Marketing the Franchise
by Edward N. Levitt
It has been said that in business nothing happens until a sale is made. In franchising, this statement could not be more accurate. Most people in retail businesses have to be concerned with sales at the store level. The franchisor has the additional burden of ensuring that there is a steady flow of sales of franchises in the system.
The franchise system will not be profitable for the franchisor until a number of franchised units are operating. The first franchisees in a system will not realize the benefits of group advertising, group purchasing power or trademark recognition until the number of franchisees in the system grows. Therefore, the early development of an effective franchise marketing capability is a first priority in a new franchise system.
As with other aspects of a franchise expansion, the new franchisor will likely be very inexperienced in franchise marketing. Questions arise such as: Where does one find prospective franchisees? How can prospective franchisees be attracted to buy a particular franchise? What information should be given to interested parties? What should the franchisor look for in evaluating a franchisee? How do you "close" a franchise sale? Etc.
Often, the new franchisor has some prior relationship or familiarity with the first franchisees in the system. For example, existing store managers or other personnel can be a handy source of first franchisees. This type of franchise sale is not representative of the franchise selling the franchisor will ultimately have to do for the bulk of the franchises in the system. These first sales are sometimes based on special deals because of these relationships and because of the franchisor's desire to "get the ball rolling."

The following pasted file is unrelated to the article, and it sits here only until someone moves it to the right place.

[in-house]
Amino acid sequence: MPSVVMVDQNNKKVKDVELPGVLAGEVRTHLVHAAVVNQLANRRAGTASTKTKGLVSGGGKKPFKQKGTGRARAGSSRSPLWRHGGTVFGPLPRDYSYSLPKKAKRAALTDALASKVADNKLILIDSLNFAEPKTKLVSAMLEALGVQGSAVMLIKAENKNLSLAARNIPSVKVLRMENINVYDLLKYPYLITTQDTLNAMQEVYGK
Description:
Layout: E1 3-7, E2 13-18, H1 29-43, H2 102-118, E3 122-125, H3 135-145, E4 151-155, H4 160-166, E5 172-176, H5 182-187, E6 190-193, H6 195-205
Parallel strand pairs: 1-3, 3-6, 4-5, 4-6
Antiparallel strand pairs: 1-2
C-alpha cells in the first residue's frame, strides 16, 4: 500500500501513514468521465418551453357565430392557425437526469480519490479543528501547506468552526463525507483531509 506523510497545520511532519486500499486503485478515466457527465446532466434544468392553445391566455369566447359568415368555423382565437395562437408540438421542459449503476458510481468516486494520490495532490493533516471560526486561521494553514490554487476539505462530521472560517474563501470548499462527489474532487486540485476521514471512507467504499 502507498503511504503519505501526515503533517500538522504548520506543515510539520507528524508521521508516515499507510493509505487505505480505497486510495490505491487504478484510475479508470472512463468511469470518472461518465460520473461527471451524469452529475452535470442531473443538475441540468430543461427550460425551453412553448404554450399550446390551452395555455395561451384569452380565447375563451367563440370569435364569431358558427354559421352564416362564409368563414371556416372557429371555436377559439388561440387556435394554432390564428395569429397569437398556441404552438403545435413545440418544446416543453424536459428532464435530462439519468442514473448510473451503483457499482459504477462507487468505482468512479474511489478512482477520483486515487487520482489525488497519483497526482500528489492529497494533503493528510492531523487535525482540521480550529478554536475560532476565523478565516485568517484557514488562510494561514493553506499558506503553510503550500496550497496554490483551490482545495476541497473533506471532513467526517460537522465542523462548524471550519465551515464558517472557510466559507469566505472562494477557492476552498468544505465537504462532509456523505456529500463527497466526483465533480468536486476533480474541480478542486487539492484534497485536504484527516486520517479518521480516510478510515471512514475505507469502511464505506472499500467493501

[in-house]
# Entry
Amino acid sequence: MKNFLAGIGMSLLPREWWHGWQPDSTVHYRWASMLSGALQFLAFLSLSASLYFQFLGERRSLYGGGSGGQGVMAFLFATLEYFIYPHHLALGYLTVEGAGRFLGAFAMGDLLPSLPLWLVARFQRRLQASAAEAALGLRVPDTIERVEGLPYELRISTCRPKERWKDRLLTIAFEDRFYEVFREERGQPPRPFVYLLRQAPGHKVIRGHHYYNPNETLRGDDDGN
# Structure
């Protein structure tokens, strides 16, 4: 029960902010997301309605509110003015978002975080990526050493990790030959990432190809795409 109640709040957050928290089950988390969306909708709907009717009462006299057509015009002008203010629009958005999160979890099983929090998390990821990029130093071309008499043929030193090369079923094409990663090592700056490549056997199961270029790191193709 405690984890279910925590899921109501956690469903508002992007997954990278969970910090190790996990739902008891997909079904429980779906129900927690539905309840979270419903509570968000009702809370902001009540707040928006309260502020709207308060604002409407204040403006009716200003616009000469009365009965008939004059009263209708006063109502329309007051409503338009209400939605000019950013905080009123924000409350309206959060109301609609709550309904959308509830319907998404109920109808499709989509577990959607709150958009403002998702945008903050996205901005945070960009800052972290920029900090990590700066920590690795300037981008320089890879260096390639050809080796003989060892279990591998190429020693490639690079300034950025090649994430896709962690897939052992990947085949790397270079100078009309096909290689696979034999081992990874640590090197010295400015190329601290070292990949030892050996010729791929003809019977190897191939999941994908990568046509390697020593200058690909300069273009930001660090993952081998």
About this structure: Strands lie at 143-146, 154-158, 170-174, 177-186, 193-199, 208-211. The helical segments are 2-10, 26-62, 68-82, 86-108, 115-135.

Eventually the franchisor must begin marketing franchises to unrelated and unconnected third parties. When this happens, the franchisor quickly becomes aware of the fact that franchise marketing is a specialized kind of marketing and not nearly as easy as first thought. Early mistakes in the marketing of the franchise can create future problems.
If the system grows at a modest pace, the franchisor, without prior franchise marketing skills, may be able to develop those skills as the system expands. However, the early mistakes such as choosing the wrong franchisees, making the wrong promises or giving away too much (such as granting too large territories) can be major headaches and costly to deal with in the future.
Even when a franchise becomes a hot commodity and the franchisor has little trouble attracting interested people, franchise marketing is a difficult task. Choosing the best from a large number of applicants can be very time consuming and will require sophisticated screening techniques and efficient closing procedures to keep costs in line and economize on scarce manpower.
For those new franchisors who cannot develop the needed expertise on their own, there are three alternatives. The franchisor can attempt to recruit the appropriate individuals skilled in this area, hire a franchise consultant to assist in developing a franchise marketing capability within the franchisor's organization, or employ the services of an independent franchise marketing organization.
It can be difficult to locate experienced franchise marketing people willing to accept the salary structure offered by the newer franchisors. In addition, in the early stages, the volume of franchise sales does not usually justify the full-time attention of the franchise marketing specialist.